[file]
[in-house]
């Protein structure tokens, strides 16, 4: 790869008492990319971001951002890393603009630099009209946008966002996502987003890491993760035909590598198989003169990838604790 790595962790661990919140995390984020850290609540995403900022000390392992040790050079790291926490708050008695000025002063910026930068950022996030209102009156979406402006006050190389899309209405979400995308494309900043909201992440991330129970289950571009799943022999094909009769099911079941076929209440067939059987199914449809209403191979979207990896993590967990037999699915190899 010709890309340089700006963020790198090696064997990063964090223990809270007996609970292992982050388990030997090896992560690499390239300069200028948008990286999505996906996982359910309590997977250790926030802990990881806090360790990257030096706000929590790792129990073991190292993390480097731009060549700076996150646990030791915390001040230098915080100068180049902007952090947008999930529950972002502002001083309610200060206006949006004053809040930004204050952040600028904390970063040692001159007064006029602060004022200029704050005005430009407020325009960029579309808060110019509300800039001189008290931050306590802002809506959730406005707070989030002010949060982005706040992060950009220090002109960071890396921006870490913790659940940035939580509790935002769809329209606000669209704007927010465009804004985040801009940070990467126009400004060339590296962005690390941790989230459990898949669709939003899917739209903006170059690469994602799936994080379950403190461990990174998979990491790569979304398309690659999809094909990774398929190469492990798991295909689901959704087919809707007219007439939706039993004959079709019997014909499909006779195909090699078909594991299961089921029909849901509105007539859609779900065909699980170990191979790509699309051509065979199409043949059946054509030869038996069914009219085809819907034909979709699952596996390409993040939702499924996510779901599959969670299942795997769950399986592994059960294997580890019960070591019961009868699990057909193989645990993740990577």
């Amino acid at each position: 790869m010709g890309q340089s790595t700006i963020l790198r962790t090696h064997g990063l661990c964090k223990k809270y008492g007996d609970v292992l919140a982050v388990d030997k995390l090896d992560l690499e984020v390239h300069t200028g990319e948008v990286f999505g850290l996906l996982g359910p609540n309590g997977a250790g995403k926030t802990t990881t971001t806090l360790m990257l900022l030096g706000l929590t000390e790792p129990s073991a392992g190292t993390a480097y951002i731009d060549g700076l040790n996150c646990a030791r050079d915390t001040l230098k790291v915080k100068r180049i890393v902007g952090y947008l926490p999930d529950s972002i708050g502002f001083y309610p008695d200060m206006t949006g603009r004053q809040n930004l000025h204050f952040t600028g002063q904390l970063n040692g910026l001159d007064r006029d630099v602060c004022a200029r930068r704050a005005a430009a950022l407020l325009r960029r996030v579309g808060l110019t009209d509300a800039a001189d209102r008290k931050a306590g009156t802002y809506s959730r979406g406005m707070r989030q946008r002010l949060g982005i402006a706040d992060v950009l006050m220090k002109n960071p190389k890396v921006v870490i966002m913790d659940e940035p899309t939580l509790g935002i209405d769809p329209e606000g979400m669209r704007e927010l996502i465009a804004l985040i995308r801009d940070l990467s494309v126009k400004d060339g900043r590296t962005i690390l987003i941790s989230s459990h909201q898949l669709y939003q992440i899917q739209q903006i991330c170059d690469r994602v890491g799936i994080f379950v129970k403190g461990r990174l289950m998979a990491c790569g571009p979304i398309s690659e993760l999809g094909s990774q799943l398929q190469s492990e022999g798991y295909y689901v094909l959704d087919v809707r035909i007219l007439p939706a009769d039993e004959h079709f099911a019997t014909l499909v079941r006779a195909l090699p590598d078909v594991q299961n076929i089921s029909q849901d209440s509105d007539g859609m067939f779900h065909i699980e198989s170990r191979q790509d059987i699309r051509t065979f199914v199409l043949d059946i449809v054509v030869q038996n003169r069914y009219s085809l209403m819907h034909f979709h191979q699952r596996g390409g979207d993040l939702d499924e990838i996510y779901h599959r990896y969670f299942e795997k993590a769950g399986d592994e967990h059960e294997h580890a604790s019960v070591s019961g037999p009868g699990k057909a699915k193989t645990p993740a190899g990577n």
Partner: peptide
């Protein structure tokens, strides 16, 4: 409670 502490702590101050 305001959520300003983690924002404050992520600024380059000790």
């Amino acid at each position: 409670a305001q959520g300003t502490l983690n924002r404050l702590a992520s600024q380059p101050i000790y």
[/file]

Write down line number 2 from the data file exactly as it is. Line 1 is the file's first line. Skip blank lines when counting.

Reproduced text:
């Protein structure tokens, strides 16, 4: 790869008492990319971001951002890393603009630099009209946008966002996502987003890491993760035909590598198989003169990838604790 790595962790661990919140995390984020850290609540995403900022000390392992040790050079790291926490708050008695000025002063910026930068950022996030209102009156979406402006006050190389899309209405979400995308494309900043909201992440991330129970289950571009799943022999094909009769099911079941076929209440067939059987199914449809209403191979979207990896993590967990037999699915190899 010709890309340089700006963020790198090696064997990063964090223990809270007996609970292992982050388990030997090896992560690499390239300069200028948008990286999505996906996982359910309590997977250790926030802990990881806090360790990257030096706000929590790792129990073991190292993390480097731009060549700076996150646990030791915390001040230098915080100068180049902007952090947008999930529950972002502002001083309610200060206006949006004053809040930004204050952040600028904390970063040692001159007064006029602060004022200029704050005005430009407020325009960029579309808060110019509300800039001189008290931050306590802002809506959730406005707070989030002010949060982005706040992060950009220090002109960071890396921006870490913790659940940035939580509790935002769809329209606000669209704007927010465009804004985040801009940070990467126009400004060339590296962005690390941790989230459990898949669709939003899917739209903006170059690469994602799936994080379950403190461990990174998979990491790569979304398309690659999809094909990774398929190469492990798991295909689901959704087919809707007219007439939706039993004959079709019997014909499909006779195909090699078909594991299961089921029909849901509105007539859609779900065909699980170990191979790509699309051509065979199409043949059946054509030869038996069914009219085809819907034909979709699952596996390409993040939702499924996510779901599959969670299942795997769950399986592994059960294997580890019960070591019961009868699990057909193989645990993740990577």